Posted On 2015/05/05 By In Behavior, Chinese Perspective, News, China Outbound, Luxury, Shopping With 418 Views

New Habits of rich Chinese Tourists pushing aside Casino, Retail Stocks

The changing habits of Chinese travellers have shunted aside casinos and Hong Kong retailers as top-of-the-line stock darlings for punters in the resurgent stock market. That role has been taken over by mid-scale hotels, duty-free shops, cosmetic producers and online travel agencies who are now the stars of the show, a Credit Suisse report pointed out.

Chinese now prefer independent travel and new destinations, a product of ballooning personal wealth inspired partly by a rally in Hong Kong and Shanghai shares to the loftiest in 7 years, with more gains likely in the works. This is offering fresh opportunities for money managers.

The Swiss bank estimates that tourism spending in China has reached US$150 billion and the market will nearly double to US$280 billion by 2020.

“Some factors become less important, such as language, group travel, and political situation due to a higher education level that leads to higher language skills, higher independence, higher interests in customised products, and being more open-minded towards other countries,” noted Credit Suisse analysts led by Sophie Chiu.

With an easier visa application process and a weakening in their domestic currencies, the countries of Korea, Taiwan, Japan and Thailand are becoming the most popular destinations to Chinese travellers, and this could provide strong earnings potential for some stocks, the bank said.

For instance, the outbound fervour for Japan may benefit shares of Kao, a household maker of items such as disposable diapers. Kose, a mid-sized cosmetics manufacturer whose brands are popular among Chinese girls, is also a potential buy for investors.

Hotel Shilla, the No. 2 duty free retailer in Korea with 60 per cent of its sales coming from Chinese tourists, and LG H&H, which earned one fourth of its profit from Chinese customers, are seen as the biggest beneficiaries of the flood of arrivals from the mainland, Credit Suisse said.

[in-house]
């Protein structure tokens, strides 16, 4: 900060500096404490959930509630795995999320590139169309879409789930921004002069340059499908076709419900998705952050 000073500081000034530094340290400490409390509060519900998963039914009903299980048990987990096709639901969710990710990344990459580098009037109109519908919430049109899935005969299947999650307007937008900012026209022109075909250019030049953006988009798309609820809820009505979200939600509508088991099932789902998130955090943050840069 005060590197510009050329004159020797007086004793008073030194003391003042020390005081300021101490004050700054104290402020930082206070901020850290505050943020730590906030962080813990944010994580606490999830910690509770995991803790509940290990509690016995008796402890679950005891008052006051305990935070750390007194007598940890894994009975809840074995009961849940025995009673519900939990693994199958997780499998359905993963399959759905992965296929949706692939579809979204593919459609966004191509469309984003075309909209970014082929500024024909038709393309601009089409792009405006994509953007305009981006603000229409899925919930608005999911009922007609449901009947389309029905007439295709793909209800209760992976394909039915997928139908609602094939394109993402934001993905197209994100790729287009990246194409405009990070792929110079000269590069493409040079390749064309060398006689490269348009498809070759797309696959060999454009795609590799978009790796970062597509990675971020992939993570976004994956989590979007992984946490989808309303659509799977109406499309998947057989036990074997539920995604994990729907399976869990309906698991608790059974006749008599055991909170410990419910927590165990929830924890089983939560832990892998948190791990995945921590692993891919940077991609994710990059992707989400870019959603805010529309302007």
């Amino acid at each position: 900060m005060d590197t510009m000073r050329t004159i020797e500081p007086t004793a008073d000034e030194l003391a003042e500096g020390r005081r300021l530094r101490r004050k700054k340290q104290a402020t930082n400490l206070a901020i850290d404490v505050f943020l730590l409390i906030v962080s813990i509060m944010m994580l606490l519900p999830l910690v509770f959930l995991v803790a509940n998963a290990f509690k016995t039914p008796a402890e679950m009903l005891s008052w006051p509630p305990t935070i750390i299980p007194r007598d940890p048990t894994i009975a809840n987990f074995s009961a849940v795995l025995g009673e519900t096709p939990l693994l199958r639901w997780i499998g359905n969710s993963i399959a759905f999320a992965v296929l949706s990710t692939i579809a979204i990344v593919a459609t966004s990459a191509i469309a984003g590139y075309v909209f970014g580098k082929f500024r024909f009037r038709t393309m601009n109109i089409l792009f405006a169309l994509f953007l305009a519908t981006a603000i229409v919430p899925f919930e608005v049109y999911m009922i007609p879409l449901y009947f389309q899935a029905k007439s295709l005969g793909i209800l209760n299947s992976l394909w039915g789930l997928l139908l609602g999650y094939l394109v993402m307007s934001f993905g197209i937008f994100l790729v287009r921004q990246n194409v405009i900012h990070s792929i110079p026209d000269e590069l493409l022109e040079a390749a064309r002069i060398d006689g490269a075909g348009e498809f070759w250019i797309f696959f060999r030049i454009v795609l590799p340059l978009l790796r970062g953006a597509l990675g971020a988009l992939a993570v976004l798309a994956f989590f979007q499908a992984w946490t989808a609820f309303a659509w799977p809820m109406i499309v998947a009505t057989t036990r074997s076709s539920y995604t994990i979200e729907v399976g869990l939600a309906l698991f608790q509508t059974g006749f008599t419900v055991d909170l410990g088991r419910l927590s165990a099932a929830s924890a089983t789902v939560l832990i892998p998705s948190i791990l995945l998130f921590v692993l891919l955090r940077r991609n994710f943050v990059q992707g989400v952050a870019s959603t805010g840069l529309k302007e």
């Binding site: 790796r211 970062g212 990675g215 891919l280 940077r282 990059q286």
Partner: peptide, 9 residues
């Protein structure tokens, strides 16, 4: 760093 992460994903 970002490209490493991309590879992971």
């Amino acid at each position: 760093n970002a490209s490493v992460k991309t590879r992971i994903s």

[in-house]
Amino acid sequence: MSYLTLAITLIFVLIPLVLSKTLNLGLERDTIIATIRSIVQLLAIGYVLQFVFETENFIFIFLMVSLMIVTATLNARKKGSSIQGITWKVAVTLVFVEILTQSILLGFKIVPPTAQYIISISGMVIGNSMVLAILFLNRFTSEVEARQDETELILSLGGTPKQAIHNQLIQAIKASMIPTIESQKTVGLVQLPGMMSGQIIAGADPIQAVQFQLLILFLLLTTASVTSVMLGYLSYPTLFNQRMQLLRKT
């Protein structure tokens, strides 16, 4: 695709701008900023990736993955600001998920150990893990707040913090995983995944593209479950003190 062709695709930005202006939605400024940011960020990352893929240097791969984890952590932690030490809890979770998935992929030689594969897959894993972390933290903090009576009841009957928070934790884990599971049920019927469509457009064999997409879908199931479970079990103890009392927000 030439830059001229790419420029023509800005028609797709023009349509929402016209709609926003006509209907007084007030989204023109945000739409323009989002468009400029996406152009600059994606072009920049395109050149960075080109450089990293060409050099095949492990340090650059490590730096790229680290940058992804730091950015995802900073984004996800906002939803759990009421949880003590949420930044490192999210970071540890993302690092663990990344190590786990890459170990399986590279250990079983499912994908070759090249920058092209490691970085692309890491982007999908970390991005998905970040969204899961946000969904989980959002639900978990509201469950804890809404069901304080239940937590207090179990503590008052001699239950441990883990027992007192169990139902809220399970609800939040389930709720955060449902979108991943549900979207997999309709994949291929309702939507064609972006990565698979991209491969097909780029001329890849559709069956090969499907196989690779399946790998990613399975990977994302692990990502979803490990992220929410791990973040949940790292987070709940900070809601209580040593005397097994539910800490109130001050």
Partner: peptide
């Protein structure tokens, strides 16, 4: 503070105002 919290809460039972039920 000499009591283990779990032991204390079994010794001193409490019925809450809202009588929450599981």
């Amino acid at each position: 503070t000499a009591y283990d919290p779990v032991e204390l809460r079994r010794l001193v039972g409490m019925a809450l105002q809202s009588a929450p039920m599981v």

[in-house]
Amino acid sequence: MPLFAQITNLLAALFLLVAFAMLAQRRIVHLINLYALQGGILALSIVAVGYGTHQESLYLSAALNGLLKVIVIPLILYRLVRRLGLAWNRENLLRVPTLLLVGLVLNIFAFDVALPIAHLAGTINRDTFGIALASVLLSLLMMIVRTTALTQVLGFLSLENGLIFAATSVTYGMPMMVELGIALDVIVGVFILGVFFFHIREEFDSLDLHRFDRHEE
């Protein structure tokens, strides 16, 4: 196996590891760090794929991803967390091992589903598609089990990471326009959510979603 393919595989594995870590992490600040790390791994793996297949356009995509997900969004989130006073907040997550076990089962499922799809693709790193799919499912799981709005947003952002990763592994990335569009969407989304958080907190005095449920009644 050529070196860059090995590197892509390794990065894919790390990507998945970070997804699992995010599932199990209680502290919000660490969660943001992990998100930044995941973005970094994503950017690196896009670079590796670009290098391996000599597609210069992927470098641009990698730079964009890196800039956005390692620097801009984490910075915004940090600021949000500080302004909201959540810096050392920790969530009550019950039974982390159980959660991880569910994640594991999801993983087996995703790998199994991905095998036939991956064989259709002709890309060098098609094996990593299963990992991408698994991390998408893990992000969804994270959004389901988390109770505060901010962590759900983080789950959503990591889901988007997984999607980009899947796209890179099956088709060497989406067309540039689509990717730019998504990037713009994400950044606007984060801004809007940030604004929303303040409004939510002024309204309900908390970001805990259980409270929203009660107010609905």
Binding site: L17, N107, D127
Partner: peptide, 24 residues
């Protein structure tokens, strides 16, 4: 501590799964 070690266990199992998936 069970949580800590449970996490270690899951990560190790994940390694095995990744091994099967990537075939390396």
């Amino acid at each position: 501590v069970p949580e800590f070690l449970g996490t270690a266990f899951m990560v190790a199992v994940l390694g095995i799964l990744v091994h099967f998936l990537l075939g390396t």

For Hong Kong-listed script, Jin Jiang Hotel is the best proxy for Shanghai Disney and the strong outbound demand, reflecting the Chinese tradition to consolidate a child’s position in a family thanks to the one-child policy, it said. KuangChi Science, which is engaged in novel space services, is worth watching as near-space flight is likely to be possible in the next five years, it said.

CAR Inc. in Hong Kong, one of China’s largest car rental company, may also benefit as more Chinese are changing the way they arrange trips by traveling on their own.

Chinese tourists are also changing the way they arrange their trips by relying more on online services, and foregoing the habit of staying at economy hotels and booking branded boutique hotels instead, the bank said.

“The supply chain is reshaped by online players. Traditional travel agencies are facing fierce competition just like the retail sector. Hotel, natural/cultural spots, entertainment or duty free shops, still retain certain bargaining power and the capability of direct sales,” Credit Suisse noted.

Ctrip, one of China’s biggest websites for hotel and ticket booking which is listed in the US, appears as an attractive buy, while Tencent can also benefit from the trend as more people would share their travel experiences through its wechat services, the bank said.


Learn more in our Global Ready China Seminars


Sources:

Article: SCMP